The root of the social proof bias is the belief that a decision taken by the majority is correct. While in some cases, this can act as a shortcut for determining the right course of action, the herd is almost never right when it comes to choosing investments. Nevertheless, social evidence bias can play an important role in driving investment decisions.

Now, social proof also has a good side as it helps to define what is acceptable or normal behavior for the average person. This may include being polite to others, dressing appropriately for a social event, etc. However, on the other hand, following the herd can lead to wrong conclusions as well. Not following the herd is, in fact, one of the key lessons of value investing.

This is aptly reflected by the movement of the stock markets. If the majority of investors are greedy, the market continues to move upward, whereas if the majority are fearful, the market corrects significantly.

To reduce the impact of social proof bias on your investment decisions, you can opt for one of two methods. The first method is to create a checklist to help you determine whether the majority view or the opposite (minority) view is correct with respect to investment choices. If designed properly, such a checklist can help you find the right investment option. Alternatively, you can develop the habit of seeking only specific information about why a particular investment is being preferred or written off by the majority. Getting to the root cause of market behavior can help you figure out the appropriate course of action for you.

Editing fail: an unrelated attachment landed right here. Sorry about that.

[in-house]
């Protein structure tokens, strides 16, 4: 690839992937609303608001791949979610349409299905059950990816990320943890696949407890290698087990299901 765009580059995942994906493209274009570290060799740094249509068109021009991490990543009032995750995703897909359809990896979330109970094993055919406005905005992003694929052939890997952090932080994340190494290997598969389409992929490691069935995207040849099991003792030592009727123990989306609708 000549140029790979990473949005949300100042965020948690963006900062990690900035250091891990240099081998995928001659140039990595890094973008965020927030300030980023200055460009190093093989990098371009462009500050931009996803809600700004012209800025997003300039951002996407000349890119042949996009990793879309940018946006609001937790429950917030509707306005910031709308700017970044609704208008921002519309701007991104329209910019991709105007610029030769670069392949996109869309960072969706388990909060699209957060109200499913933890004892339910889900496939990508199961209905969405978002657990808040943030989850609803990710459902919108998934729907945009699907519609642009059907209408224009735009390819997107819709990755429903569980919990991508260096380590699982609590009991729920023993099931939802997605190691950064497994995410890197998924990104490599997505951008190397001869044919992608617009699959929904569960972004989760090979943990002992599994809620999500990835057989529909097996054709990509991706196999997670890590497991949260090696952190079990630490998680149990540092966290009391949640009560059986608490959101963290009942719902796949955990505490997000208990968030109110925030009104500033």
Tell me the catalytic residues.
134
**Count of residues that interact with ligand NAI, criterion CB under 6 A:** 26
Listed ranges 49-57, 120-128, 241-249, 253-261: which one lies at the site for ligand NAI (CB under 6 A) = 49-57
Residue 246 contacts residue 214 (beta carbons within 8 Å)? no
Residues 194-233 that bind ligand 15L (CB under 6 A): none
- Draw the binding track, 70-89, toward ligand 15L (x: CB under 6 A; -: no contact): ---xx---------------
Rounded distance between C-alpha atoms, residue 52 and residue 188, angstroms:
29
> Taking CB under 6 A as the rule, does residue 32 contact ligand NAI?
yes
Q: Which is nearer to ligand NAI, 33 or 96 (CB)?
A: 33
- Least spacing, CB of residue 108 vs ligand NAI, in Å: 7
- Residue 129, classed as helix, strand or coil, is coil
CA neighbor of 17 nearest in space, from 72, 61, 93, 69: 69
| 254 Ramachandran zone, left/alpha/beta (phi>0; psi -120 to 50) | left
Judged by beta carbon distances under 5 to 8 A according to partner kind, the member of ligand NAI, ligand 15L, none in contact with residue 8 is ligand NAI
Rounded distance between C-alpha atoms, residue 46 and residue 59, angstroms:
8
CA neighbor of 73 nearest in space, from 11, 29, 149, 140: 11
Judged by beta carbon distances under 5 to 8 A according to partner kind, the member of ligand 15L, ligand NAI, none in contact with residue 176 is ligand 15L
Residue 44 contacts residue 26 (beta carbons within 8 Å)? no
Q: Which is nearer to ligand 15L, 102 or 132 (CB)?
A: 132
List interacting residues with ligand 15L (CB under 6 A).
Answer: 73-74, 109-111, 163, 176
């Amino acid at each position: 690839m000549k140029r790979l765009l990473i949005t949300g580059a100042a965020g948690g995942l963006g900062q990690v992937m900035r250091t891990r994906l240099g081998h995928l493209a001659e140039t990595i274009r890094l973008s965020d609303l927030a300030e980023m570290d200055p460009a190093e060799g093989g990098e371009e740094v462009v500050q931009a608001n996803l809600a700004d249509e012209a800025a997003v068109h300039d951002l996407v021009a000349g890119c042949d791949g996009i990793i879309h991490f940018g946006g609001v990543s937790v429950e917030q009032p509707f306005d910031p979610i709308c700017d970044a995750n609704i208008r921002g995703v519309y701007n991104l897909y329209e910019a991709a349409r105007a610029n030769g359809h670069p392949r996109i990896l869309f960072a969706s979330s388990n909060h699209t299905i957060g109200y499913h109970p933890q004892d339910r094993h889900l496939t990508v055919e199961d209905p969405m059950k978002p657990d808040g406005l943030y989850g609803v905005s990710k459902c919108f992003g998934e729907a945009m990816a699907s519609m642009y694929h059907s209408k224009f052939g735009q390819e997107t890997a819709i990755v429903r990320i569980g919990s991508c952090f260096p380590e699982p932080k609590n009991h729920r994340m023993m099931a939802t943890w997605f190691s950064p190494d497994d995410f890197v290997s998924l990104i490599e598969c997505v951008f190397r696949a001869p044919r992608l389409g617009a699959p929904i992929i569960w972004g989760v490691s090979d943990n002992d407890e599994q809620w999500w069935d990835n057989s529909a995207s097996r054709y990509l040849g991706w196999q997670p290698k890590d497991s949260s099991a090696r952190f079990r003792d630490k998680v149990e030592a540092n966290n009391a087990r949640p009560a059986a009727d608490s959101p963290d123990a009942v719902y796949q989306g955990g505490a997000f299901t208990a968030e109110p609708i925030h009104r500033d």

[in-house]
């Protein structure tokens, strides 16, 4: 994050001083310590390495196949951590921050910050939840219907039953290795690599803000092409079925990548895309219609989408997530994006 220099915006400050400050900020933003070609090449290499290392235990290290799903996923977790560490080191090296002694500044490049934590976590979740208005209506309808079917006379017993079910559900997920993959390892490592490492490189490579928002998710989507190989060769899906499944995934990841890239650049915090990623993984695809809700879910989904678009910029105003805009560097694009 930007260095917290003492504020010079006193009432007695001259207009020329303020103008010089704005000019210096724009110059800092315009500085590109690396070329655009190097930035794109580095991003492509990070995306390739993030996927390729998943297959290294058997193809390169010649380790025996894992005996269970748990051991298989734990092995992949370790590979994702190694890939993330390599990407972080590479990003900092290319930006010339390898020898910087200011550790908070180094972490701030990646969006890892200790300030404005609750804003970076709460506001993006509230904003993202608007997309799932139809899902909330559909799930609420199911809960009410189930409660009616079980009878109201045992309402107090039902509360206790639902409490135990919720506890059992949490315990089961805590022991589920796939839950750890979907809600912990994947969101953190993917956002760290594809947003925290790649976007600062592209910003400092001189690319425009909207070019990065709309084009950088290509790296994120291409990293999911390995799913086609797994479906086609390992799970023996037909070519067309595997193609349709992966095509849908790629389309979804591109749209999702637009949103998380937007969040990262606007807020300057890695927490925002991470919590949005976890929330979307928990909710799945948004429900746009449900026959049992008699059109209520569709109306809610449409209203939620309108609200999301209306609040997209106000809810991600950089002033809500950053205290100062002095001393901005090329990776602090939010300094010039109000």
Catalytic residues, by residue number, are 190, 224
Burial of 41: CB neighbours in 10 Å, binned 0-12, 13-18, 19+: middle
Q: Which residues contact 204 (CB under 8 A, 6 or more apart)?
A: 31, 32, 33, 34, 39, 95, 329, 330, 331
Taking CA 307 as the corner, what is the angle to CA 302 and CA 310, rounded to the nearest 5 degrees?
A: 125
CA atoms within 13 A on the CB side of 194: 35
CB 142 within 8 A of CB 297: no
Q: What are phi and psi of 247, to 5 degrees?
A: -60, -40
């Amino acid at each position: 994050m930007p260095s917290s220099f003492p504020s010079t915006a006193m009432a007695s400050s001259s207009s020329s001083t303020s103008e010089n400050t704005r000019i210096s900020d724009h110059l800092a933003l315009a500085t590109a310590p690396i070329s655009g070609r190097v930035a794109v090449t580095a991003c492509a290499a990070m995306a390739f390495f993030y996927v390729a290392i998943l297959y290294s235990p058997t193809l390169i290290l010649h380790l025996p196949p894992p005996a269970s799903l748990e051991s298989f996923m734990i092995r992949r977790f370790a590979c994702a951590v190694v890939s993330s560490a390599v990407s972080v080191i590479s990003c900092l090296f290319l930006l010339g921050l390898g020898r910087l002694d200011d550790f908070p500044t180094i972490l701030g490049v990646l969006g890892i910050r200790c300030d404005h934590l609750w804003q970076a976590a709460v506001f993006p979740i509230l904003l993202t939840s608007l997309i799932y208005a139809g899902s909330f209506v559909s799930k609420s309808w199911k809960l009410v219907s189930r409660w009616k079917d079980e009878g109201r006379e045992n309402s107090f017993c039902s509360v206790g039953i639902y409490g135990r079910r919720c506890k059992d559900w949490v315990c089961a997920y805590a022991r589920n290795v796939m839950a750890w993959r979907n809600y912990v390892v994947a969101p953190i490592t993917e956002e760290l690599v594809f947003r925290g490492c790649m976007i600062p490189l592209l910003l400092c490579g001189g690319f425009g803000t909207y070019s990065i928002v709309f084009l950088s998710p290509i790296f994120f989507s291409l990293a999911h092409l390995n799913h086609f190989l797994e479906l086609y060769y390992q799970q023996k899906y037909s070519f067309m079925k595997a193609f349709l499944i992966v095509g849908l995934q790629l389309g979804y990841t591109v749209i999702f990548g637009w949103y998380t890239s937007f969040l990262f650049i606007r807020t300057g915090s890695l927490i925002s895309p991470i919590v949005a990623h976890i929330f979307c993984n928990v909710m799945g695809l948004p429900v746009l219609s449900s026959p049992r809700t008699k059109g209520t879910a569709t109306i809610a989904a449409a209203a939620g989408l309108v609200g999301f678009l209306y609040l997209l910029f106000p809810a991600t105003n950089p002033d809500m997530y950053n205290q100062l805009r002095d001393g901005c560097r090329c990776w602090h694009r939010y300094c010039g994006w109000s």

Prejudice #5 Liking Prejudice

It is natural human behavior to prefer certain people or products over others. This can lead to a bias where we often find it easier to overlook the shortcomings of people or products because we like them. What’s more, liking bias can also lead to unfounded assumptions. For example, the preference bias can lead us to believe that a good-looking employee will be good at their job, even if we have no way of proving it. In the case of investing, liking bias is simply “falling in love with a stock or investment” and this can happen for a number of reasons.

During the Internet boom of the 1990s, adding “.com”, “.net” or the Internet as a way for companies to successfully exploit preference bias. In fact, the share prices of some companies rose as much as 74% within 10 days of adding the .com or .net suffix to the company name. In recent years, terms such as biosciences, agritech, lifesciences, greentech have been applied to company names with the same purpose of exploiting preference bias for inclusion.

Therefore, rather than valuing stocks based on sentiment or personal likes/dislikes, one should use analytical skills and tools to eliminate the potential impact of preference bias.